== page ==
But chances are that if you were at the convention, the "Possessed" artist was hard to track down anyway. Sharp's been making a name for himself in the American comic book industry lately and used his time at the convention to further that cause, selling limited edition copies of "The Art of Liam Sharp." Fresh off the convention circuit, Sharp spoke with CBR News about the art book and explains how he chose the pieces to spotlight.
"Actually it was fairly organic," Sharp told CBR News. "It's become the thing to do for the San Diego con to produce sketchbooks, mostly of pinup babe type imagery. I wanted to do one this year, but when I started looking at the stuff I had I realized I had tons of pieces nobody had really seen before, and much of it was in color. That kind of prompted me and my wife to look at printing costs, etc. and we found it wouldn't be insanely expensive to put together quite a glossy package. The sketchbook evolved into a more fully fledged artbook featuring mainly unseen work, some new stuff and a bunch of short stories that previously didn't have a home."
Though American comic book fans may only know Sharp's art from "The Possessed," a mini-series from Wildstorm last year, he's had quite an extensive comic book career and says the acclaimed art book shows a new side of his skills. "You get a lot of color stuff here from long term personal projects. There's a selection of private work that I have on my walls at home, and these are mostly big oil paintings. Then there's the short stories. Writing is a big passion of mine, and when I get an idea I kind of have to get them down. I've never really had a plan for these, but it was great to finally see them in print, serving some kind of purpose at last.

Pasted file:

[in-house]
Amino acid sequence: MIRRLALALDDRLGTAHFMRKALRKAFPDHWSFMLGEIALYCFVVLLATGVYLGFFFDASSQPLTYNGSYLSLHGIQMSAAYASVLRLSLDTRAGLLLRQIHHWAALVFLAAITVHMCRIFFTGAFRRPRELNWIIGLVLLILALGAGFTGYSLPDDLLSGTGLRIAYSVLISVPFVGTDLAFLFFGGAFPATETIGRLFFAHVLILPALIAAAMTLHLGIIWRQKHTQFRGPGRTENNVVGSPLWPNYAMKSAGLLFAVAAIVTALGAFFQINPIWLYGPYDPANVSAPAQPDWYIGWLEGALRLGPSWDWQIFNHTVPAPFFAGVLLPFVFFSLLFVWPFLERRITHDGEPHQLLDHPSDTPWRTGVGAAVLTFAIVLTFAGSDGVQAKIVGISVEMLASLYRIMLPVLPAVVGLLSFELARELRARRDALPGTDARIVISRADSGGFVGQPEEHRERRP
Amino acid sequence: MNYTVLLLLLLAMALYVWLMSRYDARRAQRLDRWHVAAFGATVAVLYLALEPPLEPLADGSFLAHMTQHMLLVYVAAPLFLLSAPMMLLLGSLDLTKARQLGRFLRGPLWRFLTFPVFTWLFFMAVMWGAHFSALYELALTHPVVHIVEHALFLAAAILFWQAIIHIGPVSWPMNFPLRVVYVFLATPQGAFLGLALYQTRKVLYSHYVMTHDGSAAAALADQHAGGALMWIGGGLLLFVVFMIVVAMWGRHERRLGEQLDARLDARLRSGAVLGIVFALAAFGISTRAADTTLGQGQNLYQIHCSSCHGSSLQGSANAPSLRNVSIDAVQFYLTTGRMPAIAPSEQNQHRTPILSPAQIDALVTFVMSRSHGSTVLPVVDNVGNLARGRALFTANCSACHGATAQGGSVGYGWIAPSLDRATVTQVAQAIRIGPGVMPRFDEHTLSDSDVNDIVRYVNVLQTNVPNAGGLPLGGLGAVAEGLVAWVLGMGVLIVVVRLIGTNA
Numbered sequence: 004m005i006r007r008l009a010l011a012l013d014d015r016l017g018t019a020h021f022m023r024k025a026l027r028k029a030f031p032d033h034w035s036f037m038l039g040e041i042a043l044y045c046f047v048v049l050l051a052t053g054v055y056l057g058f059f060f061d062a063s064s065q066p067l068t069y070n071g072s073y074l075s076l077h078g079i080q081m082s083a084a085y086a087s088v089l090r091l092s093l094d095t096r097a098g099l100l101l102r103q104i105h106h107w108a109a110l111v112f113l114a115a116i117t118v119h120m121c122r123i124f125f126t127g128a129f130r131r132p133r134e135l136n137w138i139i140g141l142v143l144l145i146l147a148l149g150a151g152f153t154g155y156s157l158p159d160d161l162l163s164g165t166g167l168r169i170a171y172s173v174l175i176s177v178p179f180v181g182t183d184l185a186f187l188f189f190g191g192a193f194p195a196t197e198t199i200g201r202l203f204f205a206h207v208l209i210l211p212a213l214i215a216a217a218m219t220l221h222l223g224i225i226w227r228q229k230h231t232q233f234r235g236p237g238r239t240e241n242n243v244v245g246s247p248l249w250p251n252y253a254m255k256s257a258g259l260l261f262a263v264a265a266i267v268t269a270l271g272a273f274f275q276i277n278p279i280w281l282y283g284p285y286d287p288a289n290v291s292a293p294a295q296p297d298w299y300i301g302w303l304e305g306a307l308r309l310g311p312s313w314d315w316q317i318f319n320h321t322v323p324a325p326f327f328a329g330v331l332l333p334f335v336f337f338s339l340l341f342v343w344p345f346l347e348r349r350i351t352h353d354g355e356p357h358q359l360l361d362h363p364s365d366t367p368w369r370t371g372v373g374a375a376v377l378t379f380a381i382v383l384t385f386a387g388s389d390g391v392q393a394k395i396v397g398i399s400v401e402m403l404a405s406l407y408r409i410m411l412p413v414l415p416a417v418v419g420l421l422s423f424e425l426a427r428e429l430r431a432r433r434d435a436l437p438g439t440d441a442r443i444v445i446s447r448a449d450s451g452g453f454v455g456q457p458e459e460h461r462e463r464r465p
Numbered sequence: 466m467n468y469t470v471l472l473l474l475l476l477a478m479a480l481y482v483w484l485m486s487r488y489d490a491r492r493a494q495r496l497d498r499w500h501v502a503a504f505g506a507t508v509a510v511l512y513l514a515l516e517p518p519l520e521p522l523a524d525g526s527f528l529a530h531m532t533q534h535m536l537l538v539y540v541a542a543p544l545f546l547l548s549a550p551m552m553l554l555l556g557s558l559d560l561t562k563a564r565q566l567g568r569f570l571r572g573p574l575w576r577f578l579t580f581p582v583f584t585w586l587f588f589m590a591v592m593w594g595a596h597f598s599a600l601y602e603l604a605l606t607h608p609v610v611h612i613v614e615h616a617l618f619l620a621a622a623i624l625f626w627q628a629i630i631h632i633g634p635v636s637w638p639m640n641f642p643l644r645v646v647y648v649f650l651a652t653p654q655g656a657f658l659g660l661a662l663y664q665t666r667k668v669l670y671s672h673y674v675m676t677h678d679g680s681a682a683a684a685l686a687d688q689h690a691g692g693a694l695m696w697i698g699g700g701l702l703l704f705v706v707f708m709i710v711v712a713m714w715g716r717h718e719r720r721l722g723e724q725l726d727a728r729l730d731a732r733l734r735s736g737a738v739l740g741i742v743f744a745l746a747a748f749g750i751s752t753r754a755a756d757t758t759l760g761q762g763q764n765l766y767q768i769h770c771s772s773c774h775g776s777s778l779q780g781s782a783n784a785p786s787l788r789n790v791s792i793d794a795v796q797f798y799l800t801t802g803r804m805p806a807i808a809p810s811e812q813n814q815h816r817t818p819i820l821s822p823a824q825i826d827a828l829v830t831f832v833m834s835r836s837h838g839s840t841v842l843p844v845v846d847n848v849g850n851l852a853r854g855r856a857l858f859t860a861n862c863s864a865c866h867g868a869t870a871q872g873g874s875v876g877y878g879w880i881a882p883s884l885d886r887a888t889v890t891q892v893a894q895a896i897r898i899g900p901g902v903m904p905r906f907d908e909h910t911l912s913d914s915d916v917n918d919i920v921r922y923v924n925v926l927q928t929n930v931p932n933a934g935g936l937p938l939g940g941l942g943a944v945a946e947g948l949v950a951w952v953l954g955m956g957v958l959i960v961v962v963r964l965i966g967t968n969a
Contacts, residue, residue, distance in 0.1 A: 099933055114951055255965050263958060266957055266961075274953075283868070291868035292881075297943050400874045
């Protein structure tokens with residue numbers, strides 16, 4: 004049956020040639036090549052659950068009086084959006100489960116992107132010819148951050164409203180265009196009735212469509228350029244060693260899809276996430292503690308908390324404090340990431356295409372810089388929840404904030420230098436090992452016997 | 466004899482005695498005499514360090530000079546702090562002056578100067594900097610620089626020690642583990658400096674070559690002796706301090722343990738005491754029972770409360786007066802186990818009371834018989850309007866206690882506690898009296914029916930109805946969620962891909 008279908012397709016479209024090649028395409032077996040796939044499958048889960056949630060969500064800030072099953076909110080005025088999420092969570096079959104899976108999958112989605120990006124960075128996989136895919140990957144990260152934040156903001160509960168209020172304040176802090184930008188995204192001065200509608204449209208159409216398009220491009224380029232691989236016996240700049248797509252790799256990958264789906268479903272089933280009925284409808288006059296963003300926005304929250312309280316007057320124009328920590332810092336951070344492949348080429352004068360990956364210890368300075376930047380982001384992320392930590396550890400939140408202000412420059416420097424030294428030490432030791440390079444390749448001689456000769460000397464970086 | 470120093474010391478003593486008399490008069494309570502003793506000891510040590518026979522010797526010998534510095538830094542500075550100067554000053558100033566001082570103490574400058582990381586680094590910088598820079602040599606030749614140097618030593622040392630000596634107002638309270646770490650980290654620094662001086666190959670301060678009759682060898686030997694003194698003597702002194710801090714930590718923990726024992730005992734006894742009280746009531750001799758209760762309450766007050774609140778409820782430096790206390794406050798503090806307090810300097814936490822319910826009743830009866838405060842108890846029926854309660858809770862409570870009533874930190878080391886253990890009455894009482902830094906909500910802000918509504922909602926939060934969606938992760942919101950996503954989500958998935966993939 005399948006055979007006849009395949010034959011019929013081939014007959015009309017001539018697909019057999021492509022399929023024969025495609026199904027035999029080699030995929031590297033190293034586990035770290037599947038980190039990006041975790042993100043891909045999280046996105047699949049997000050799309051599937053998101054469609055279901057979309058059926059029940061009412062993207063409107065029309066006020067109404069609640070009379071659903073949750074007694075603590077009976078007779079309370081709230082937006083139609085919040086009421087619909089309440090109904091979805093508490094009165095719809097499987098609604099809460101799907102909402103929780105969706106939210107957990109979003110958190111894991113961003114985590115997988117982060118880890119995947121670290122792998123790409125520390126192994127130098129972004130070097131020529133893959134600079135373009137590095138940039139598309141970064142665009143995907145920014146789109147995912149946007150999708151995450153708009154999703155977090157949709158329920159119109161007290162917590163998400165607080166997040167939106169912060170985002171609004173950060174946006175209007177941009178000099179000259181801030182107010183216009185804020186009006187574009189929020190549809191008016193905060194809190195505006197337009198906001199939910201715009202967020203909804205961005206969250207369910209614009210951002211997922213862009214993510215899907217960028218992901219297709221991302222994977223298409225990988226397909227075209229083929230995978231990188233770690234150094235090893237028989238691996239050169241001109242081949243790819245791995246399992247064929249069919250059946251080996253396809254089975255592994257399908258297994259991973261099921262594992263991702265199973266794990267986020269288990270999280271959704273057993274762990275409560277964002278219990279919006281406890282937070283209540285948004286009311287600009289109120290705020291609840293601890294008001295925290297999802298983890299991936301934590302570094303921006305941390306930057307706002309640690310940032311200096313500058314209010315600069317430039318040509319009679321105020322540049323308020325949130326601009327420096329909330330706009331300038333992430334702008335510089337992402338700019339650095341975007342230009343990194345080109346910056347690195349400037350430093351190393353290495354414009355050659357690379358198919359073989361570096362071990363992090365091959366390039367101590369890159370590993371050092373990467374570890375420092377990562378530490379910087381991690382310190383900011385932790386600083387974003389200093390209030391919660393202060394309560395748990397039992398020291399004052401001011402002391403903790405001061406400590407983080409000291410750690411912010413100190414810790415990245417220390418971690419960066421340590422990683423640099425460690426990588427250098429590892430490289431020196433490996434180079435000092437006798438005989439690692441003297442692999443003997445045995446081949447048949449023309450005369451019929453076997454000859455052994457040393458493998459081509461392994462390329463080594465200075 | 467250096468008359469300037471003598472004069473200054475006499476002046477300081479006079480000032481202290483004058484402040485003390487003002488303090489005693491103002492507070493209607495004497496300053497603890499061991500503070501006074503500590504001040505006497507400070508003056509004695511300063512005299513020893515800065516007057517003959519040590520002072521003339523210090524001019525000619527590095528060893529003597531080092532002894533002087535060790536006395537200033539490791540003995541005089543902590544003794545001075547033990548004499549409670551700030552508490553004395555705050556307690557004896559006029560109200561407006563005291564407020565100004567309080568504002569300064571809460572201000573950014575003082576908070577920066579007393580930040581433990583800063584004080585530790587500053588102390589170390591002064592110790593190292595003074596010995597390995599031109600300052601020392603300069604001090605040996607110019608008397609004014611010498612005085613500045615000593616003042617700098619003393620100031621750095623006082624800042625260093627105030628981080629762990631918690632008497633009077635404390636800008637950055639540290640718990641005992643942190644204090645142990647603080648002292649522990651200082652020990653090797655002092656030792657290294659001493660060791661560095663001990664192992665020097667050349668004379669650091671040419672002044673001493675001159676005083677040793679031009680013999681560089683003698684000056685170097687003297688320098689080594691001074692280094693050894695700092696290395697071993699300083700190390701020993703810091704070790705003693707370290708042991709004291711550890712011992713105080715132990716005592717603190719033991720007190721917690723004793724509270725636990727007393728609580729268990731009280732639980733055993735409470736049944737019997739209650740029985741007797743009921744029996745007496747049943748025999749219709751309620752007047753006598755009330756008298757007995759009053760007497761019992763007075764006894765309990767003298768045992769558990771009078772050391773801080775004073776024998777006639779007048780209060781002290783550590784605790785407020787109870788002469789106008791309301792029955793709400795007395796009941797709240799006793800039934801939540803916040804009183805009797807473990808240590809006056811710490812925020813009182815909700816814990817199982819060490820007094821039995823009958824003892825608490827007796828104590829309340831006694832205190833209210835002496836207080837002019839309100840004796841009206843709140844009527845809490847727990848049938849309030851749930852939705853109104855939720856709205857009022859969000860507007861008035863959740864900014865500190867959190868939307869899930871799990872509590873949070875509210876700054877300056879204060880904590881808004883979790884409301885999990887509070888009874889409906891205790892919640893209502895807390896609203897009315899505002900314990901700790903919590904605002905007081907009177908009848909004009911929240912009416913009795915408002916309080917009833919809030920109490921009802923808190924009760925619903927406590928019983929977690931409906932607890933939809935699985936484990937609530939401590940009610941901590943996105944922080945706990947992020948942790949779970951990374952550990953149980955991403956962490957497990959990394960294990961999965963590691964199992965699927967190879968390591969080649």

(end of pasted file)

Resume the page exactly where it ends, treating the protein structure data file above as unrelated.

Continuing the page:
The art book showcases a lot of growth in Sharp's draftsmanship, with some gorgeous illustrations that had many convention attendees breathless, but the artist feels he has room to grow. "The moment you think you know it all is the moment you might as well give up. There's always more to learn in every aspect of art, be it writing, painting, drawing, sculpting, or whatever. I think that's probably true about everything in life. I think my color work will hold a few surprises for people, but I've always been eclectic!"
Now that you've read about the book, had it recommended by Rich Johnston and you've seen the art with this article, how do you buy it? "Go to my site, or Bud Plant," explains Sharp. "It's $30, but it's a limited edition of 500 signed and numbered copies. We've set up PayPal now, so hopefully that should make it all easier!
"Thankfully it's selling very quickly, I'm delighted to say, so it's looking extremely likely we'll be going on to do a second edition, and maybe even a hardback later in the year. Plus we're planning a four issue artbook-come-magazine featuring a gallery of unseen Michael Kaluta work, short stories by Steve Niles, Brian Holguin amongst others, and art by myself, Glenn Fabry, some other well-know artists, and a bunch of really talented guys nobody has seen yet. Lots of work! We're aiming to get the first issue launched early next summer. Before that though I'm putting out an illustrated novel I've been working on for years. It's going to be in three volumes, the first one out in December."
"As far as other projects go, lots of big possibilities, but nothing I want to spill the beans on... yet! I wouldn't want to get my own hopes up, or make grand declarations, before anything is confirmed! What I can say, though, is if it all comes off I'll be doing a lot of writing in the next year - which is a huge ambition realized. Keep your fingers crossed for me!"
Of course, the big question for Sharp is simple: how much does one of the buffest men in comics (excluding Doug Mahnke and Tom Nguyen) bench press? "LOL! Nah, I'm a pussy cat," says Sharp. "Honestly? I haven't a clue..."